The potential of super-sized profits is very attractive for most people, which can lead to trading in the latest fad. However, one of the wealthiest people in the world, Warren Buffett, favours a different approach for building wealth on the share market – buying quality companies at attractive prices and holding for decades.
To use a Buffett-esque investing strategy, I think an investment in ASX 200 shares such as Wesfarmers Ltd (ASX: WES), Goodman Group (ASX: GMG) and Fisher & Paykel Healthcare Corp Ltd (ASX: FPH) could deliver investors with solid returns over the long term.
Wesfarmers has continued to perform strongly amid the coronavirus pandemic, largely because of its popular Bunnings Warehouse and Officeworks chains. According to a recent update released on 9 June, Bunnings reported a surge in sales in in 2H20 (to date) of 19.2% and Officeworks saw sales grow by 27.8% for the same period. In addition, Catch.com.au, Wesfarmers’ online marketplace, achieved strong sales growth of 68.7% for 2H20.
The increased demand during coronavirus restrictions is due to people spending more time with DIY projects, studying, working and general shopping from home. Fortunately, Wesfarmers appeared to hold the right businesses at the right time. However, the laggard in performance has been Target, with the company recently announcing the overhaul of its Target stores.
Due to the size of the business, its dominant position in the retail marketplace, I believe assigning Wesfarmers shares a spot in your portfolio could be rewarding over a decade.
In a newsletter presented to investors on 11 June 2020, Goodman presented insights about the business, reaffirming that it remains in a solid position despite COVID-19 disruptions. The group’s performance is supported by the demand for its infrastructure, which has accelerated because of the rise of online shopping amid the pandemic.
In addition, for the 9 months to 31 March 2020, the group reported occupancy rates of 97.5%, which highlights limited disruption in its warehouse facilities. Furthermore, Goodman Group’s $4.8 billion in development work in progress demonstrates the demand for its properties. Future growth in development is expected.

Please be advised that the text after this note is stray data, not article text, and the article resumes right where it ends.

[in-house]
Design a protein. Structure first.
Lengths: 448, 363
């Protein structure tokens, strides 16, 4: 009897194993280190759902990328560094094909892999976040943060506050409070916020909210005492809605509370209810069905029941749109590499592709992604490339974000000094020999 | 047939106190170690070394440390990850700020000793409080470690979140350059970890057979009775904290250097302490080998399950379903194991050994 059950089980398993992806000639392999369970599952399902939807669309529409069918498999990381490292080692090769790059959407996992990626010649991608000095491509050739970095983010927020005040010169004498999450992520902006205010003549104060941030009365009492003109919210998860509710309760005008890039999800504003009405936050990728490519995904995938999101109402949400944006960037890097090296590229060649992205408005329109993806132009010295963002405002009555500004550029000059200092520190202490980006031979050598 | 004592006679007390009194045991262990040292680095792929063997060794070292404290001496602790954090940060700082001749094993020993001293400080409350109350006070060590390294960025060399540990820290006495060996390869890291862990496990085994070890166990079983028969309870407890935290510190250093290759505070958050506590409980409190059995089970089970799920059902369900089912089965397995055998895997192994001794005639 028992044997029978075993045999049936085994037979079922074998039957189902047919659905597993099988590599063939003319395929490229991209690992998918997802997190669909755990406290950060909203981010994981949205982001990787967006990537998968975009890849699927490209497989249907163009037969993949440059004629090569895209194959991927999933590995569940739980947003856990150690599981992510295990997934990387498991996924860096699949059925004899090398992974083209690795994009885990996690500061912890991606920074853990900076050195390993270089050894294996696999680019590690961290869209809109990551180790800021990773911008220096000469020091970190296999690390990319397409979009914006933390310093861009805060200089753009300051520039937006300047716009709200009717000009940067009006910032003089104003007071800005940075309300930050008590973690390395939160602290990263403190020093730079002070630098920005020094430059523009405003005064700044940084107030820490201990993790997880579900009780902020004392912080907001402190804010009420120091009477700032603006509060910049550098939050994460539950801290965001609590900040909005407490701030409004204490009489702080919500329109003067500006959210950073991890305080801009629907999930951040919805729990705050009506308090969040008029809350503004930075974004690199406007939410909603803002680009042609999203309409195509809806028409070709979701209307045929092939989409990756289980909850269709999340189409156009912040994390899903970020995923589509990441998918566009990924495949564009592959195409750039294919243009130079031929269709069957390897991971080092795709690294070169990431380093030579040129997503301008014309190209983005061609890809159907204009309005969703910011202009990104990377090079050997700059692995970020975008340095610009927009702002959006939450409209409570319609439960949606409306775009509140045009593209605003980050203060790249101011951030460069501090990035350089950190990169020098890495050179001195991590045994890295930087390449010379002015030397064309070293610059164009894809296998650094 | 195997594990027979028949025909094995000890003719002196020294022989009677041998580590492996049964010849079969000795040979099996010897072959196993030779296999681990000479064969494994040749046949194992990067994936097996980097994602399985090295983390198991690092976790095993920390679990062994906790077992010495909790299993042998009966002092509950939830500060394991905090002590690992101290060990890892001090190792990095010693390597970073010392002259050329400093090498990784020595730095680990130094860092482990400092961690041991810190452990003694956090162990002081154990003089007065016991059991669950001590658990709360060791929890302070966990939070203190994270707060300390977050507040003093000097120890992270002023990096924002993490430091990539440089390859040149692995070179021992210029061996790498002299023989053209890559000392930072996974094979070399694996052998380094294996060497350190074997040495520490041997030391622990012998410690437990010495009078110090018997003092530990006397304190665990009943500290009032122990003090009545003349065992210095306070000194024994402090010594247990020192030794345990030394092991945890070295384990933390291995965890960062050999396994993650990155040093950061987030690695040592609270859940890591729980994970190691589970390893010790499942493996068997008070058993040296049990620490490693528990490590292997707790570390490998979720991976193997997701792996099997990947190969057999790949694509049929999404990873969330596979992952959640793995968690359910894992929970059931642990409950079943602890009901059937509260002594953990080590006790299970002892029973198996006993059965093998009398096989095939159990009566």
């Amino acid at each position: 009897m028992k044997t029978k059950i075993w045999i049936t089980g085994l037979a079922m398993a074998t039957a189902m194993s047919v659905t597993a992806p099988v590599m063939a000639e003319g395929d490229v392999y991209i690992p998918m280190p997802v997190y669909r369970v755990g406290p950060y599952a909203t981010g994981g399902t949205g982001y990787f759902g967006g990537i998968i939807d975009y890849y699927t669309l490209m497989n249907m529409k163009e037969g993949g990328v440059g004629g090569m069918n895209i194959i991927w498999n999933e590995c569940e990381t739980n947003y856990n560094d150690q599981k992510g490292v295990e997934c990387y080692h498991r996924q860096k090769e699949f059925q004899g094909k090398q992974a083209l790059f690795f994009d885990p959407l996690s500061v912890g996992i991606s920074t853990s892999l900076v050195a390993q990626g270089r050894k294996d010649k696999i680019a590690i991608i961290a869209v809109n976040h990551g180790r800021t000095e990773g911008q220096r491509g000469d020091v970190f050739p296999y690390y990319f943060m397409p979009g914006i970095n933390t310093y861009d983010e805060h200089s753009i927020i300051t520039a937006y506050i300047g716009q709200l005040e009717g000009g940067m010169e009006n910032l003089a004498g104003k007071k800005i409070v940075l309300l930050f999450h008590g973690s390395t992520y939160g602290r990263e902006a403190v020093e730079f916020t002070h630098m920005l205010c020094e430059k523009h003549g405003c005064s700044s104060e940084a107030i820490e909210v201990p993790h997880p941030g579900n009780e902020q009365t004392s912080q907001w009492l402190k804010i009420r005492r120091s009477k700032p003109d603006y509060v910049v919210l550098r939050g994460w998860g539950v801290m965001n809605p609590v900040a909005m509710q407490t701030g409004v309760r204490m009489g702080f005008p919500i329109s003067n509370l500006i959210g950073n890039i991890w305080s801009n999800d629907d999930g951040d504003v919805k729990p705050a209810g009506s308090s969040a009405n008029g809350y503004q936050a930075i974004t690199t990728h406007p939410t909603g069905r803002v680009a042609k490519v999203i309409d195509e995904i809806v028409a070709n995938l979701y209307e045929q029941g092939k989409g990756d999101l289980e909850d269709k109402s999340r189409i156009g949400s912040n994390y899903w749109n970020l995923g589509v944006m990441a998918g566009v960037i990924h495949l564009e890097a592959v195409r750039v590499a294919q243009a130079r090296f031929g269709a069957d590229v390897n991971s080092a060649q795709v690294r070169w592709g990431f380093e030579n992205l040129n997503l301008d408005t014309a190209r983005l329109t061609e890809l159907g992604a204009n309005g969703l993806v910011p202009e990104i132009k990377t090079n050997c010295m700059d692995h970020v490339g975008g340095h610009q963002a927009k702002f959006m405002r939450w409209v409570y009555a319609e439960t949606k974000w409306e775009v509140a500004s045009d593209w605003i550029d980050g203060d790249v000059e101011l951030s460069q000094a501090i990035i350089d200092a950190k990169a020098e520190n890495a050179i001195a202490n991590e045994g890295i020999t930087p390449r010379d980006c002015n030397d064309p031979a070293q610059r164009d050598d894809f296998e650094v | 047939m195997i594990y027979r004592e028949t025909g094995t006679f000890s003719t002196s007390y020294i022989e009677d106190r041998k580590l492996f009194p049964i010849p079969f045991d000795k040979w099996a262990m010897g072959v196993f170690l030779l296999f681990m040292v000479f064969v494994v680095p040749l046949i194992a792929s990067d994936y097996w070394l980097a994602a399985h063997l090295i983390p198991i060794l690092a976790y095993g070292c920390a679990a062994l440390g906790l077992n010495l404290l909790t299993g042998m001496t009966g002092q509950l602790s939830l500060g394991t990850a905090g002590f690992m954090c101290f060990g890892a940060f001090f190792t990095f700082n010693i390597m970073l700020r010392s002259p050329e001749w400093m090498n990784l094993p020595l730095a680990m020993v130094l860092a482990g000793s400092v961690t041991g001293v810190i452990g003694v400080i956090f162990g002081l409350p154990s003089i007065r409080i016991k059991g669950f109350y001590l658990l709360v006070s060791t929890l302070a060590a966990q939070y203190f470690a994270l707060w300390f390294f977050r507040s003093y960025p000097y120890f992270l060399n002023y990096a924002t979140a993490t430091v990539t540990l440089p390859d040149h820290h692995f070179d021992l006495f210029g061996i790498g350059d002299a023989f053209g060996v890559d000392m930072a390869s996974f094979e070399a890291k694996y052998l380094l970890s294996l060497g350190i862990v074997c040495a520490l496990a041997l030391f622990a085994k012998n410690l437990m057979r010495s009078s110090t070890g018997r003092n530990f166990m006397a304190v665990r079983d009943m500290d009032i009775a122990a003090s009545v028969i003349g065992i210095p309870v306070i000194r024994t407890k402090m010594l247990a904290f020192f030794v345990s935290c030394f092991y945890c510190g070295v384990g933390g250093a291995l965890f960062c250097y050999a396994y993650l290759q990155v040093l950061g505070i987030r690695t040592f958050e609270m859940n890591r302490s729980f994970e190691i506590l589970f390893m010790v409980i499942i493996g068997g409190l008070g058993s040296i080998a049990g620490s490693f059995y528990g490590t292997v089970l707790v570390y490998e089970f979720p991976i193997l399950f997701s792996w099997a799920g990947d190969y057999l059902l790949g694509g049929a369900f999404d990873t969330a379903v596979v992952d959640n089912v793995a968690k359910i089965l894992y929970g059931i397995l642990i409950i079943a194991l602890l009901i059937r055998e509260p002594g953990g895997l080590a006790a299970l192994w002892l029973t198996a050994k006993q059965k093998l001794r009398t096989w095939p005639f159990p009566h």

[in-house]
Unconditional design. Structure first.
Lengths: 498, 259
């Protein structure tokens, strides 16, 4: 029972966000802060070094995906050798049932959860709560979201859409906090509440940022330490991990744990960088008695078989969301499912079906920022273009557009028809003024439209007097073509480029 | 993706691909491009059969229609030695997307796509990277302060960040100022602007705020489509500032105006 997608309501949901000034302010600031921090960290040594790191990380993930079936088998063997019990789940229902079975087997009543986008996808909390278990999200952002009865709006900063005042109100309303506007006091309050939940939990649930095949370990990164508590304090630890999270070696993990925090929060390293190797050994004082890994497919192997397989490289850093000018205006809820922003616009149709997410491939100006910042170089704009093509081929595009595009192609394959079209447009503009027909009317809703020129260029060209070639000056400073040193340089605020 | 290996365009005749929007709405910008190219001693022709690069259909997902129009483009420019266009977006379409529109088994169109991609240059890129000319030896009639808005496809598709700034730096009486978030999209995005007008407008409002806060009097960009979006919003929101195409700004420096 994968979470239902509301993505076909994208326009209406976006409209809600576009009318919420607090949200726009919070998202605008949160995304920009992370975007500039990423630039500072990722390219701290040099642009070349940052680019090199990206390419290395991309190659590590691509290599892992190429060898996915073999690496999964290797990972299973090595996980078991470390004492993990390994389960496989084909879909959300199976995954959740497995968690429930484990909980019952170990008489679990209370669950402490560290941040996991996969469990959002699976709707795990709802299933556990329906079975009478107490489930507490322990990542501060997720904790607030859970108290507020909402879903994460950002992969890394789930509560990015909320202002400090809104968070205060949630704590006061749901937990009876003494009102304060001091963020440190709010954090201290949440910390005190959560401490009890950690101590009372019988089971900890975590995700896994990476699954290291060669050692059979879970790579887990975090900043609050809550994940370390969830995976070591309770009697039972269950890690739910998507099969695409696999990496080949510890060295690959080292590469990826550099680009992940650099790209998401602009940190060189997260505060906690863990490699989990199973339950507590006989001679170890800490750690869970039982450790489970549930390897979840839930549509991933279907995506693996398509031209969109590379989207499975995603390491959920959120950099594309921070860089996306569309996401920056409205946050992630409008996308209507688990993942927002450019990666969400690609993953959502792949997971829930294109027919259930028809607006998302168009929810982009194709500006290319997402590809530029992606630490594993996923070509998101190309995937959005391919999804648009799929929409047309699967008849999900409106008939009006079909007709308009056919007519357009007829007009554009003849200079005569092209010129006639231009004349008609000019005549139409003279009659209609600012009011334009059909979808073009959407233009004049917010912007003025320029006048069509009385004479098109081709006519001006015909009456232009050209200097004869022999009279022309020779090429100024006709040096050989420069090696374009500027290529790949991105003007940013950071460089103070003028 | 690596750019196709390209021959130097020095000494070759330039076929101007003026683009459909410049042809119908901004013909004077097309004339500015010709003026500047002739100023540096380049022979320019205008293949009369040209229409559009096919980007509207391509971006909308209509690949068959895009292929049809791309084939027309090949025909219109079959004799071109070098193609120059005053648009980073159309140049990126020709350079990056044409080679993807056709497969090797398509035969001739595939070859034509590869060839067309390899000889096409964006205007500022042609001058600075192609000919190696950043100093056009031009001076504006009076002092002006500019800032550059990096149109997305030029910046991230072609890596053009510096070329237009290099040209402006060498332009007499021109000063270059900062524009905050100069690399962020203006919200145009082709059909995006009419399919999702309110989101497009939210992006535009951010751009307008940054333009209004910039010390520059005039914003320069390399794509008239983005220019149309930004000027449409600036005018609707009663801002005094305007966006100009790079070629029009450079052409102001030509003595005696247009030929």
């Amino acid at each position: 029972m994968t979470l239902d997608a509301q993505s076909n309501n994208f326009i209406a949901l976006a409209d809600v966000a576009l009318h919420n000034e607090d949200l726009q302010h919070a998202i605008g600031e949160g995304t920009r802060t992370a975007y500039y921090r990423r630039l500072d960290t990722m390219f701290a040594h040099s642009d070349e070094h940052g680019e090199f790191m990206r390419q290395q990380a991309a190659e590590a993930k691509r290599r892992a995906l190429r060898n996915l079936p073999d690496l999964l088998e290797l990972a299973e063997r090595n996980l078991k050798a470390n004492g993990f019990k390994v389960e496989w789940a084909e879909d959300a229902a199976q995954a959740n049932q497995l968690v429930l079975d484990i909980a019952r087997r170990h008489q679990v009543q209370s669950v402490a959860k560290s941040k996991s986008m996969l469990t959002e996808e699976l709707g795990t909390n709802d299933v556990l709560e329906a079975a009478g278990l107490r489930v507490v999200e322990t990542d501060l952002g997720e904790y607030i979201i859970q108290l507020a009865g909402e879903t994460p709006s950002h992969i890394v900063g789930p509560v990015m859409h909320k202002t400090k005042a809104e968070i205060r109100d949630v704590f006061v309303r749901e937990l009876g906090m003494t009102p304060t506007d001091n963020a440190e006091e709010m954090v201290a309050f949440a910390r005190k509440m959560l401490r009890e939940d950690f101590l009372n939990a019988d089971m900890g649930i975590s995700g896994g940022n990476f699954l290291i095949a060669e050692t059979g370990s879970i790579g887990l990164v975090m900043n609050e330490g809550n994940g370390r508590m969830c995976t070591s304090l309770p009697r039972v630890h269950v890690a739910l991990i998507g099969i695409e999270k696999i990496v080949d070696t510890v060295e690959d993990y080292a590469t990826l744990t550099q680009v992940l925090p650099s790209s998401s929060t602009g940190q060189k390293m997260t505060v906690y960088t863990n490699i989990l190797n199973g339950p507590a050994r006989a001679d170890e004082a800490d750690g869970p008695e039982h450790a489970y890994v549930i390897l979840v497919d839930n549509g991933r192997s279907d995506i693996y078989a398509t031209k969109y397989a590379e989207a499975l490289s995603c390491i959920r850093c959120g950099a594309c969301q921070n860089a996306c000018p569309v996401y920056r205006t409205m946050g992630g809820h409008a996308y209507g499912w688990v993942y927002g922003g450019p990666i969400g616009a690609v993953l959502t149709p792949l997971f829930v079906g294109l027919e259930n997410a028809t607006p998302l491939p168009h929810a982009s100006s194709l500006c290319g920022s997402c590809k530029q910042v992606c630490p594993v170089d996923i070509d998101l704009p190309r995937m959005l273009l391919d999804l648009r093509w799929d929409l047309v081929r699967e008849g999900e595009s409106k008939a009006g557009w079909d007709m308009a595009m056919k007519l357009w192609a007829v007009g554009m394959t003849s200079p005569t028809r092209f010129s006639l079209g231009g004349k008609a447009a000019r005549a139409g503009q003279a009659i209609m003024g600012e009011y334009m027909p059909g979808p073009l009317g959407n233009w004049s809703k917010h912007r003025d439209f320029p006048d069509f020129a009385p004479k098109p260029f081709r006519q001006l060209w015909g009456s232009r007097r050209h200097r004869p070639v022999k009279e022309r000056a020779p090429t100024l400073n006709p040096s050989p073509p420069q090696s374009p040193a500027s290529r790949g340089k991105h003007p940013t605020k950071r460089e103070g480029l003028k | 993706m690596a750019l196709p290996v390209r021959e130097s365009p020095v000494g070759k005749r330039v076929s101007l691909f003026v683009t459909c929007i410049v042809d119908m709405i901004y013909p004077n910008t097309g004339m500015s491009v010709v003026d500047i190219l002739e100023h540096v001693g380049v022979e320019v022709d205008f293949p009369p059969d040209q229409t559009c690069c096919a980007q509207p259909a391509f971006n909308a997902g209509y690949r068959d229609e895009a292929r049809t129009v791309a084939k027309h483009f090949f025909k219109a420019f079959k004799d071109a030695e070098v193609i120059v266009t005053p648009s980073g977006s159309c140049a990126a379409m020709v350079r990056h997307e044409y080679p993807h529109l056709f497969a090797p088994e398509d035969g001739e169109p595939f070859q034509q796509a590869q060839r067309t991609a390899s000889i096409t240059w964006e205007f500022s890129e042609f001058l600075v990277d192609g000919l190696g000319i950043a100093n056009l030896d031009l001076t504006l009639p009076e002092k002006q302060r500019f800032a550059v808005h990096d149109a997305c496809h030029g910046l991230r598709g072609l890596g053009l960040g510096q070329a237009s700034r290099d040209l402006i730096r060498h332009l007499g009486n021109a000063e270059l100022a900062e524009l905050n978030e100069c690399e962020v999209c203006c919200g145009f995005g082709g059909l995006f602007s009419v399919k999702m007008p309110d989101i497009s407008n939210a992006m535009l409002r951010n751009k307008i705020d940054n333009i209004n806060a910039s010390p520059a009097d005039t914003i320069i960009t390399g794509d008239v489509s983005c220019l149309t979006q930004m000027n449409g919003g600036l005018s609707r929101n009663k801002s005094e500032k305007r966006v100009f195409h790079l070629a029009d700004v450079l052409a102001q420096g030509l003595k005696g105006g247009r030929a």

The group is a major beneficiary of the increase in online shopping. By providing online retailers like Amazon with warehouses for stock, I believe Goodman Group should continue to see a lift in demand for its services over the long term.
Fisher & Paykel Healthcare
Late last month, Fisher & Paykel delivered its preliminary final report to the ASX. In this announcement, the group revealed an increase in operating revenue of 18% to $1.26 billion. Additionally, it reported net profit after tax up 37% to $287.3 million.
While Fisher & Paykel has been a key beneficiary to the uplift in demand for healthcare products as a result of the coronavirus pandemic, it has also delivered increases in its earnings over the long term. Looking forward, I see the share benefitting from this continued demand for healthcare products because of an ageing population.
Before buying shares, to analyse whether a share could represent a good long-term investment it’s a good idea to ask whether you believe the company will still be thriving in a decade’s time and try to anticipate if there will still be demand for its products or services.
Take the 3 ASX 200 shares above, for example. People could continue to shop at Wesfarmers for their everyday items either in store and online. In addition, a greater number of the population could be shopping online, requiring more of Goodman’s warehouses. Lastly, the rise in an ageing population could see continued demand for healthcare products produced by Fisher & Paykel.
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Motley Fool contributor Matthew Donald owns shares of Wesfarmers Limited. The Motley Fool Australia owns shares of Wesfarmers Limited. We Fools may not all hold the same opinions, but we all believe that considering a diverse range of insights makes us better investors. The Motley Fool has a disclosure policy. This article contains general investment advice only (under AFSL 400691). Authorised by Scott Phillips.
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